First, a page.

Is it Worth Buying?

If you have ever wanted to see the showdown between Wolverine and Deadpool, this, and the two issues before it, are worth purchasing, but otherwise, I would say “not really.” Nothing in this run of Origins really strikes me as fantastic, however, the under-par artwork is saved by Daniel Way’s incredibly good grasp on how Deadpool should be written, it’s funny, there’s a joke in the middle of a fight (which I stole and retold yesterday), and Deadpool is flinging around half-formed insults like it’s his…. Well, it kind of is his job, isn’t it?

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Top 5 Comic Book Fights of 2007

For the final post of 2007, Your Comic Relief is bringing you my personal opinions (also known as fact) on the top five comic book fights of two thousand and seven. This list is not all inclusive as I have not read every comic from 2007, but from what I’ve read, and what I remember from the beginning of the year (I think these are all from more recent memory, but I gave it a good think), I present you with The Top 5 Comic Book Fights from 2007!

5 – “Patches Malone” vs would be assassins

 

Seen in Gotham Underground #2, this one sneaks in at slot number five because it shows just how amazing Bruce Wayne is. Many comic book fight scenes are drawn out, so that the reader can see each individual motion that the characters are performing. While this is often a good tactic on the part of the writer/artist, this one is awesome by virtue of its exceptionally short length. Weighing in at one page, of which only three panels are of fighting, Bruce beats the snot out of some hired prison goons, in Blackgate Prison. The thugs get the drop on him, and Patches takes them down, with one hand, while holding his food tray, informing them he would greatly appreciate being allowed to eat in peace. Not many fighters from Marvel, DC, or any other publisher could manage to pull this off, and he has them on the floor within one to two hits each. Well done Bruce Wayne.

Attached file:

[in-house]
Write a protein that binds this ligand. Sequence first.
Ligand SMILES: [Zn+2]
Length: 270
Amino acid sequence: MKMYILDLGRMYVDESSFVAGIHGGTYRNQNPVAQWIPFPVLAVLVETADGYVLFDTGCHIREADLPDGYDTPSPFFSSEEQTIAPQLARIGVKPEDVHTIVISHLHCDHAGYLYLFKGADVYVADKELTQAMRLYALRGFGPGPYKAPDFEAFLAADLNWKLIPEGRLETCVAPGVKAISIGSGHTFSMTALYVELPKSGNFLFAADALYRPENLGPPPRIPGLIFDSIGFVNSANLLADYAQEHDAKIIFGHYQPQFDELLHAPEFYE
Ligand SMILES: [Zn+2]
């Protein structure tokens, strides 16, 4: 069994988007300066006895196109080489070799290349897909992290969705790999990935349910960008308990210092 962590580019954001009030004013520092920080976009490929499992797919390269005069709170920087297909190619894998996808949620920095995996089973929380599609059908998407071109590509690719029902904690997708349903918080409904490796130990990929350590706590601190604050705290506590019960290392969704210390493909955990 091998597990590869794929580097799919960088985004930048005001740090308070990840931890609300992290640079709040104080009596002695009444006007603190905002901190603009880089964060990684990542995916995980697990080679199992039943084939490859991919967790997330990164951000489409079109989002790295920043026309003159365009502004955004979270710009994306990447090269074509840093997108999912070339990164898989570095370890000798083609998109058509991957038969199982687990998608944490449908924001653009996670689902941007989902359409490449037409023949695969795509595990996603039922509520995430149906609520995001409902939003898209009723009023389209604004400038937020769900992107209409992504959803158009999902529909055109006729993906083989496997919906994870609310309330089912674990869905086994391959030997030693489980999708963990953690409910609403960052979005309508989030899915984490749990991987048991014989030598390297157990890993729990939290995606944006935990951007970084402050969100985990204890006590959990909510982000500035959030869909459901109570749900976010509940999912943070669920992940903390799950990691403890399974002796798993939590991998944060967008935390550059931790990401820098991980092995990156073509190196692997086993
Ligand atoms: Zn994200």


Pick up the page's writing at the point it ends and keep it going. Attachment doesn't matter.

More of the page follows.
4 – Iron Man vs The Incredible Hulk

 

Brought to us through the Iron Man – World War Hulk tie in, in Iron Man #19, this fight would have been mediocre at best without the commentary in nearly every panel. As Tony Stark dons the Hulkbuster armour, a speech is being given during the fight, if we allow ourselves to suspend our disbelief that Stark could come up with this while getting pounded by the Hulk, or perhaps believe that it is pre-recorded, the words actually manage to elevate this fight from decent to outstanding. Good enough to send shivers down most people’s spines, as Tony explains his reasoning behind his decisions, and suits up to fight what could potentially be his final battle. Usually we don’t consider the text to be important to the fighting, but in this case, Christos N. Gage has shown us exactly what can be achieved through a proper combination of the two.

3 – Deadpool vs Sabertooth

 

Located in Cable & Deadpool #41, this has all the hallmarks of a hilarious encounter with Deadpool. Starting from the beginning however, there is an amazing lead up to the fight with Domino’s line “Even if I did, I won’t be getting a word in edgewise…” As Deadpool parachutes in and does what he does (or what Wolverine does, but not quite as well, we can never be sure). There were two main selling points on this, the first was that it was an entirely selfless act by Deadpool, and the second was the full page of Wade Wilson unloading round after round, and clip after clip into Sabertooth, while singing, ending with “Hey, look at that. No mo’ buwwets.” To humiliate him even further, he was laughing at Sabertooth while he shuffled around with his tendons shot to pieces, like “Taylor Hicks trying to do Swan Lake.” As great as it was, and as hilarious as Deadpool can be, it ends with Cable telekinetically throwing him in a direction picket at random, ending the issue with a laugh.